CHAPEL HILL — Jake Lawler wasn’t planning this.
He hadn’t given it much thought and didn’t even know he could graduate until August, then spent the past two months on the fence about his future.
“Toward mid-October, I felt I had really given the game all I had,” he said. “And as much as I love football … I just felt like I need to do what’s best for me to kind of get a head start on the life that I want to live, for the rest of my life.”
Lawler’s got just a little more to give the game on Saturday as North Carolina meets N.C. State, and with a win, the Tar Heels would move on to a bowl game for the first time since 2016, serving as the final chapter in his football career, allowing him to graduate and pursue his dreams in Hollywood.
Lawler wasn’t planning that, either.
None of it; not the graduation, the film career, or the bowl game.
At this time last year, there was no hope of ever finding the life that he wanted to live.
“By then, I had just resigned all hope and really up until that point, I thought about killing myself every day,” Lawler said.
As the Carolina football program and fanbase was energized by the return of Mack Brown, Lawler reached rock bottom.
“I was really in a place then that I shouldn’t have been,” he said. “Being in that pit of despair really closes your eyes off to everything looking forward and looking behind. I really wasn’t thinking about anything; I was just thinking about making it to the next day, possibly.”
One More Day
Lawler, a 6-4, 245-pound linebacker, kept pushing through “One more day,” for months, fueled by purpose in writing a short story that would later become adapted into his first screenplay.
But he knew himself well enough that he knew that ultimately losing that purpose — no matter how proud he was of the story — would be crushing.
“I was terrified that if I finished, I would be back in that pit, alone and desperate,” he wrote.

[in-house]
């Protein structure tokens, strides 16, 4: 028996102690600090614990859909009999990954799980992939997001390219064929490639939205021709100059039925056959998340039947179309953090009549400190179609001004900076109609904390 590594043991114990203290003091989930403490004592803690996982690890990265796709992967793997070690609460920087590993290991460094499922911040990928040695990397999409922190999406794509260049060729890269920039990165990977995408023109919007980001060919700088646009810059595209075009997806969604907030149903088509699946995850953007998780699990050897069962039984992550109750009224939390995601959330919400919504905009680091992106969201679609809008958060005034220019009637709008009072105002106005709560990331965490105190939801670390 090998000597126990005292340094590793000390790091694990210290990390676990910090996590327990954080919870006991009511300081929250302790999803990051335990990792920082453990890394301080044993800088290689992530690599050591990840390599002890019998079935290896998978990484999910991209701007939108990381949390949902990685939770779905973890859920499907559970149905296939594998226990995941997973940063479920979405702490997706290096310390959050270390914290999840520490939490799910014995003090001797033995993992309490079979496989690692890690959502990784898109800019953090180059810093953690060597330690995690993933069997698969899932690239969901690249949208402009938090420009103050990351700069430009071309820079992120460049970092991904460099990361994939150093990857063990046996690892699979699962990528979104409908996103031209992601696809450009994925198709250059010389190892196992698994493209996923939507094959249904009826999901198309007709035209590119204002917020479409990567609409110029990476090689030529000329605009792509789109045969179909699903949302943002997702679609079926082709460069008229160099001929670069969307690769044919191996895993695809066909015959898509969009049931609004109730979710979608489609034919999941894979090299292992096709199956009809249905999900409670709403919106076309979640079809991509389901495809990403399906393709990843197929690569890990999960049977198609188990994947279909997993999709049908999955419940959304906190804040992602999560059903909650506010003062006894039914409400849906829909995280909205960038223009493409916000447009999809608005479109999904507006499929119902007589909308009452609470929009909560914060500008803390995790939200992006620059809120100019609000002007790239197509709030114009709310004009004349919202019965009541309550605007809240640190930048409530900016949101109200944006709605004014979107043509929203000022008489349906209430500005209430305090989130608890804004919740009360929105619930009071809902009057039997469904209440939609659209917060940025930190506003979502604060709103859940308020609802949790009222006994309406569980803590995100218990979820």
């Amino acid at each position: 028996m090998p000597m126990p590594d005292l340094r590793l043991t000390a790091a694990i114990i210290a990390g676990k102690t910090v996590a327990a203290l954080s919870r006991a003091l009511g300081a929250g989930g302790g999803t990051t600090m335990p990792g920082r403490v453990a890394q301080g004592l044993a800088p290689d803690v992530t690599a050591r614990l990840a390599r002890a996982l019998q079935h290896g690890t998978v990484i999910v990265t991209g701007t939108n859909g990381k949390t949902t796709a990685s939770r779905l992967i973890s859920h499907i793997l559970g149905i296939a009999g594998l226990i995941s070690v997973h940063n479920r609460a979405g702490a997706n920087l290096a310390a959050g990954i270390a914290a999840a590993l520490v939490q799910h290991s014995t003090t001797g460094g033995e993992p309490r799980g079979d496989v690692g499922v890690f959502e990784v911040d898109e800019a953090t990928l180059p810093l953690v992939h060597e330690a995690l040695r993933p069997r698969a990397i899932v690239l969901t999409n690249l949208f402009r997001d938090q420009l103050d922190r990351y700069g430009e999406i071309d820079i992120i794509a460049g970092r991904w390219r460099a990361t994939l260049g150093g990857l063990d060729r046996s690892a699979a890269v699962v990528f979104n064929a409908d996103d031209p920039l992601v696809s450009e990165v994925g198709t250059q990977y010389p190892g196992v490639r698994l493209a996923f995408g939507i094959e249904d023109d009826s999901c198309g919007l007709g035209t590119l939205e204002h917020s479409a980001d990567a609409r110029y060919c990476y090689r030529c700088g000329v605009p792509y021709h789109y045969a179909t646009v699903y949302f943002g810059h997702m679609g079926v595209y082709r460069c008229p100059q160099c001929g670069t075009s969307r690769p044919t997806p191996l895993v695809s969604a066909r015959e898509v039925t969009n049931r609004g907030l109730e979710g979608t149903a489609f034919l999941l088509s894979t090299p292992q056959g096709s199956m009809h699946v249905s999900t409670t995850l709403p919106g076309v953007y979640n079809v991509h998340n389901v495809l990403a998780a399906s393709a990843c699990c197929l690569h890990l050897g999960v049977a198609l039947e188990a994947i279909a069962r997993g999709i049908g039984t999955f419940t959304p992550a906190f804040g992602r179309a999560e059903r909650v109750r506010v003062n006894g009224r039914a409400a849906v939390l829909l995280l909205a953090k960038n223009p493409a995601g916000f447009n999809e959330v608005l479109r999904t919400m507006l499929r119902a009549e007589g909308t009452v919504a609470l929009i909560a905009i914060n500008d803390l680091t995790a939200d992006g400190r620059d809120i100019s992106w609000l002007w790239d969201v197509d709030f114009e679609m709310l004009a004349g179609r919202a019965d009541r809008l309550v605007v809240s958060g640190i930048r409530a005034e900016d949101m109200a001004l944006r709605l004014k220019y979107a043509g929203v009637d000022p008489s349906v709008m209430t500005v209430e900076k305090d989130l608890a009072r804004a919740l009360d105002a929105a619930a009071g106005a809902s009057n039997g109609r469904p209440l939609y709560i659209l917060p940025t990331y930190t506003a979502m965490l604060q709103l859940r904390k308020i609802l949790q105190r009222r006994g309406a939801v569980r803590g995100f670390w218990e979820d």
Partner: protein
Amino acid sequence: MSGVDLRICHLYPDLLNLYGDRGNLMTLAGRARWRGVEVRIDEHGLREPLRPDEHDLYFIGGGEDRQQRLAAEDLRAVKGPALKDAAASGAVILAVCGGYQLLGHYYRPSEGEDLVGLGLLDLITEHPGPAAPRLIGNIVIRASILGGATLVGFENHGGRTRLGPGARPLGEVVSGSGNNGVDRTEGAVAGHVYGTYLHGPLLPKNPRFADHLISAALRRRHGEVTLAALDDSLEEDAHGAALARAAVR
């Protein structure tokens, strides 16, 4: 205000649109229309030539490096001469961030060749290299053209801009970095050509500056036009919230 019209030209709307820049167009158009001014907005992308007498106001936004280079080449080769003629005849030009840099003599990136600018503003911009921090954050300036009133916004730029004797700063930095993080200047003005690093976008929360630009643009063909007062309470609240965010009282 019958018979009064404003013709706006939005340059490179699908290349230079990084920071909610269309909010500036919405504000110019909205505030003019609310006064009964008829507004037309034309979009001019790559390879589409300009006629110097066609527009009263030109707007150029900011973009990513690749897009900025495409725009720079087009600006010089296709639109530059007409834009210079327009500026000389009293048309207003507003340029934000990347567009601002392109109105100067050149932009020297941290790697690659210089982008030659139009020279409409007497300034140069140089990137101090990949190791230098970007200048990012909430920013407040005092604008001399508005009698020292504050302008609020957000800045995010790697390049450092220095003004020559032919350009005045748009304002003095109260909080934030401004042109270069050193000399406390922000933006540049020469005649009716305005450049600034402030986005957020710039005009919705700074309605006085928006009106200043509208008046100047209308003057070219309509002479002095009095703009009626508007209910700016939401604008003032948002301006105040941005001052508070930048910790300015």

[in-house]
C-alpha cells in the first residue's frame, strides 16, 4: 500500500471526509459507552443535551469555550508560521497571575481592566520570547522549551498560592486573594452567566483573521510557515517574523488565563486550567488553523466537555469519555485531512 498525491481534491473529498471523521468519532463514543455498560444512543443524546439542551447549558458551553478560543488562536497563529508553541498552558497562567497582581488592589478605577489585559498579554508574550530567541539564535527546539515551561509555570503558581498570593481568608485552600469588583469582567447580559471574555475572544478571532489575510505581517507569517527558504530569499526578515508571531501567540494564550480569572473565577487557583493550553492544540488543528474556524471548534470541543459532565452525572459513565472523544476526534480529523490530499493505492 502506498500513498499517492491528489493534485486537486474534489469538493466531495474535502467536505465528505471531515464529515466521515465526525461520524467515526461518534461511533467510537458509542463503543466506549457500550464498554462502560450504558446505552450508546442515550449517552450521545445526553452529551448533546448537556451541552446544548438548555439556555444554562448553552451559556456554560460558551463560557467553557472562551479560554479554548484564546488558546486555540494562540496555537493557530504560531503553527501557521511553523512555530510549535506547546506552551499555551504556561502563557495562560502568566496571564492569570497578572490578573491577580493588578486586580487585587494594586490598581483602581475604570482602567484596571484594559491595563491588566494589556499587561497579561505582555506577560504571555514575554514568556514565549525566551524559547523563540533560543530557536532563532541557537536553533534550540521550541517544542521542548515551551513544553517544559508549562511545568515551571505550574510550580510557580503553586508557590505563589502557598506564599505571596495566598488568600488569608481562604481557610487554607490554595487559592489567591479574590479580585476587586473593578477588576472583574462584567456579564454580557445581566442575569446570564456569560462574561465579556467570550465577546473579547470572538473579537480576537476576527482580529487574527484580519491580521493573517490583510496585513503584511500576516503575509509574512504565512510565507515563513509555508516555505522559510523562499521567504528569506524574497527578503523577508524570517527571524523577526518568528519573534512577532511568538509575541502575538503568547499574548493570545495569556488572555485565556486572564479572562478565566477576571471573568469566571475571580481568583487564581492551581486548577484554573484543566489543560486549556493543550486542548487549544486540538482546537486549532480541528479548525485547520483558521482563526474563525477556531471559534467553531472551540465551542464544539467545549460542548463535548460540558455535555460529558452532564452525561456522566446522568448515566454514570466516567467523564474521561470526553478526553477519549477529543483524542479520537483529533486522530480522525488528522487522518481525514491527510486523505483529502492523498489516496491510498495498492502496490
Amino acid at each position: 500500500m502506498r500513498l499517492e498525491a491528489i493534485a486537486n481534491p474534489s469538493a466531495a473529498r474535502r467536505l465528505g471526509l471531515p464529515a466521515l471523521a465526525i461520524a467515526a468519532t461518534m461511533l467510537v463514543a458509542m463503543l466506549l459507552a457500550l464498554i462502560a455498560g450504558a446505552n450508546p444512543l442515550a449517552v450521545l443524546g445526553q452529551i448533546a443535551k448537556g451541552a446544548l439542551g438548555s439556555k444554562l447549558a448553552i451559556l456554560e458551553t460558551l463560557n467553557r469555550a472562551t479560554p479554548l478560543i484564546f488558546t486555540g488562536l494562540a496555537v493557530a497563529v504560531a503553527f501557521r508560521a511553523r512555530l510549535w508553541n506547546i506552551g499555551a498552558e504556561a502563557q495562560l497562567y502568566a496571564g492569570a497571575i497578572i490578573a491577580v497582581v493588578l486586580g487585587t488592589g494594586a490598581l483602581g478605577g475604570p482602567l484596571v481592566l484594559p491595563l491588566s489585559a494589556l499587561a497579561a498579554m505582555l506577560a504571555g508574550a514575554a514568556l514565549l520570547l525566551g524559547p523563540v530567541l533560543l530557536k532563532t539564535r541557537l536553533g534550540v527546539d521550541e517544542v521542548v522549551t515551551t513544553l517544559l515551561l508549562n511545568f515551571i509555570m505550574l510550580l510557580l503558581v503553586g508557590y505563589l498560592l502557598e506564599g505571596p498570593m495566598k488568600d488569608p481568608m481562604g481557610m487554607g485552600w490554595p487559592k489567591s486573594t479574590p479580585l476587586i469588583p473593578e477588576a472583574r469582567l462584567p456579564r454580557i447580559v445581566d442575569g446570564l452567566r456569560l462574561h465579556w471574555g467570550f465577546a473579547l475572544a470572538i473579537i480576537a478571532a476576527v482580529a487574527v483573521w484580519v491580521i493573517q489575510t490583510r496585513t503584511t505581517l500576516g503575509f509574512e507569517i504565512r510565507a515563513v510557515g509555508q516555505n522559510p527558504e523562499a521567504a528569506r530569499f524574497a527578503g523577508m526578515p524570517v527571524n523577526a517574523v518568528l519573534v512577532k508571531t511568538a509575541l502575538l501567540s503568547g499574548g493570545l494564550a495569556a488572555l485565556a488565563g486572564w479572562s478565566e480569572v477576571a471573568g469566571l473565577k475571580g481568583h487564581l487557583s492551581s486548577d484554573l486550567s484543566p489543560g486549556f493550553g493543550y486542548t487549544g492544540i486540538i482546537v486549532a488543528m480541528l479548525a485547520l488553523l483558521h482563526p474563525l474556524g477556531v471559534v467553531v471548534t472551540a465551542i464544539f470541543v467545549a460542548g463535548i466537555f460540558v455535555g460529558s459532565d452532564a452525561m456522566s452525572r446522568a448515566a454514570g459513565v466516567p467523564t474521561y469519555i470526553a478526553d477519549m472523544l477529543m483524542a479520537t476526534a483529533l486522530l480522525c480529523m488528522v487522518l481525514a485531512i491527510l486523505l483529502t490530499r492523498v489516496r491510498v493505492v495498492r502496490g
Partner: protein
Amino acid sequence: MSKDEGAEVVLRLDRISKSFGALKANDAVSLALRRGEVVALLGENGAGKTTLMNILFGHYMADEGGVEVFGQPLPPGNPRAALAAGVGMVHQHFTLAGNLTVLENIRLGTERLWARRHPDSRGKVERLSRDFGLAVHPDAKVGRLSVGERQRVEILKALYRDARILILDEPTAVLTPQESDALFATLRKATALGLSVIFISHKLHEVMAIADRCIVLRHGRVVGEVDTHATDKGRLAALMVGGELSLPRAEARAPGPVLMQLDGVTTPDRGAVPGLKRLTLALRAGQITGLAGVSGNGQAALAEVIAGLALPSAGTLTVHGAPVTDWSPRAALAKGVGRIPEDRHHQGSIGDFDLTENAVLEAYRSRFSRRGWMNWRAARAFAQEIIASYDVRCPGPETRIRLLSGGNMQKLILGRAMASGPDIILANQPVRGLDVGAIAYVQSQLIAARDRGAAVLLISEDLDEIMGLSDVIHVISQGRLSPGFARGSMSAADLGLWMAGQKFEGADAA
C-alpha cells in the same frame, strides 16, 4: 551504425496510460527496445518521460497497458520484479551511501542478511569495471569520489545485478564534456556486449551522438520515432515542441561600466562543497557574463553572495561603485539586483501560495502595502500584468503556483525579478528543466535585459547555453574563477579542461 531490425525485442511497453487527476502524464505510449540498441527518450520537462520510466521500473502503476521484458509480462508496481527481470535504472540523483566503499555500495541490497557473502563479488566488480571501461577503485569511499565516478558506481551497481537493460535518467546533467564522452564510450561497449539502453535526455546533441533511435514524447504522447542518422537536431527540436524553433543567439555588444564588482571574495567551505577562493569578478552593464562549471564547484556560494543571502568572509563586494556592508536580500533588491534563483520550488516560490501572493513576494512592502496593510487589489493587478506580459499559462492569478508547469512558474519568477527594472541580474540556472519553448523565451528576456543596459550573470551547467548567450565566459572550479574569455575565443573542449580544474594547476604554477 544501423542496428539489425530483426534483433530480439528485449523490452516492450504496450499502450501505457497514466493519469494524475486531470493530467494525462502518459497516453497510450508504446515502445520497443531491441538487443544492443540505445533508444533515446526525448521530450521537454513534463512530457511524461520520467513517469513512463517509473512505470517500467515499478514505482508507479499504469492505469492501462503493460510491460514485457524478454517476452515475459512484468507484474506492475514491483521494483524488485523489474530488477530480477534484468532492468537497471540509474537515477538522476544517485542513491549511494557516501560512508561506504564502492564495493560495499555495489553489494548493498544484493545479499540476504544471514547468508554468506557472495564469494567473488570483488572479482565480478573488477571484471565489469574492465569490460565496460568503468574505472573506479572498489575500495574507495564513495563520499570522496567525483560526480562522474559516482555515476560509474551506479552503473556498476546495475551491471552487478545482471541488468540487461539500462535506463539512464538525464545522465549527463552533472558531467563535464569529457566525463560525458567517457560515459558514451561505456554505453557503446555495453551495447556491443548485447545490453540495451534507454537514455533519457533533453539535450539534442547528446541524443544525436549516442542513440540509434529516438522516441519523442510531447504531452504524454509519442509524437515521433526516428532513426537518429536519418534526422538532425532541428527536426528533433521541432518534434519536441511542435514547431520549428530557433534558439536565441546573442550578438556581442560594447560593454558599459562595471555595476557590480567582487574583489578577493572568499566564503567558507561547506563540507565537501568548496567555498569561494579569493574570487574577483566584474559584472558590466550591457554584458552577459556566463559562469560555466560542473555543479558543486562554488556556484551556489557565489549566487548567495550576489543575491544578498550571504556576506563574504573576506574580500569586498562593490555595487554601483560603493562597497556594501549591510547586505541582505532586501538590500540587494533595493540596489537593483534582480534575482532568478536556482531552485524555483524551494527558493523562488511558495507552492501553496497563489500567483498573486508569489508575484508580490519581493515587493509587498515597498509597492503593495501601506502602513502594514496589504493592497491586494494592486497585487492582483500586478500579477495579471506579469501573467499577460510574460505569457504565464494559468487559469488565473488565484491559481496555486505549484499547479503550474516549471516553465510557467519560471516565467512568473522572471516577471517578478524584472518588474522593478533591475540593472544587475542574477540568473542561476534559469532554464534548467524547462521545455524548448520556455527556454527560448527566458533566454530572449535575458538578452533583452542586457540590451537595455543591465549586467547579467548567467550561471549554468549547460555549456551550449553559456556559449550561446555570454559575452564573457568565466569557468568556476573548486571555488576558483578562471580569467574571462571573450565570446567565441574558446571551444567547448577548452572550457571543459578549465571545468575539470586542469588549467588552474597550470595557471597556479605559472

That’s how he found himself on top of a parking deck last January, the closest he’d ever been to following through with the unwelcome thoughts that barged into his mind and refused to leave.
“I tried to jump off Craige Deck, but I didn’t,” he said.
His roommate, Michael Carter, was one of the first to find out about the secret that Lawler had hidden for eight years when he went for a walk one afternoon and didn’t come back until near midnight.
The long walks alone had become frequent, with Lawler disappearing for hours at a time without notice.
“I was like, ‘Dang bro, Chapel Hill isn’t that big,’” Carter said. “I was like, ‘You OK, bro?’ That’s when he first told me.”
Carter threatened to tell Lawler’s parents before thinking better of it, realizing that was his own story to tell.
Lawler eventually spoke up and told his family he’d been struggling and shared his story with friends, too.
Little did Brown, and his wife, Sally know, but they too had become key figures in Lawler’s decision to seek help and pursue his dreams of becoming a screenwriter.
“Even with him not knowing, that him and his wife, Miss Sally, played an integral role in helping me develop and helping me get over that hump,” Lawler said. “Them, with a few close friends really helped me realize that is not the path I should be on. I should be getting help.”
Change is Good
Lawler is thankful that Larry Fedora offered him a scholarship and appreciates their relationship, but something was different with Brown in charge of the program.
“I think I just needed something new, I think I needed something different,” he said. “Change, whether we like it or not, will always end up being for the better if we make it for the better. I decided to embrace it and this staff has been great.”
In his first meeting with Brown, he spoke with the coach for a while about a number of topics — none of them being football.
During one official visit that Lawler was a part of, he sat with strength coach Brian Hess and the Browns, talking for 40 minutes.
“Every time we’ve gotten a chance to talk, whether it be at lunch or a few minutes here or there before meetings, I think after the spring, that’s when I kind of realized that was someone that really wanted to help me and help me grow outside of the sport,” Lawler said.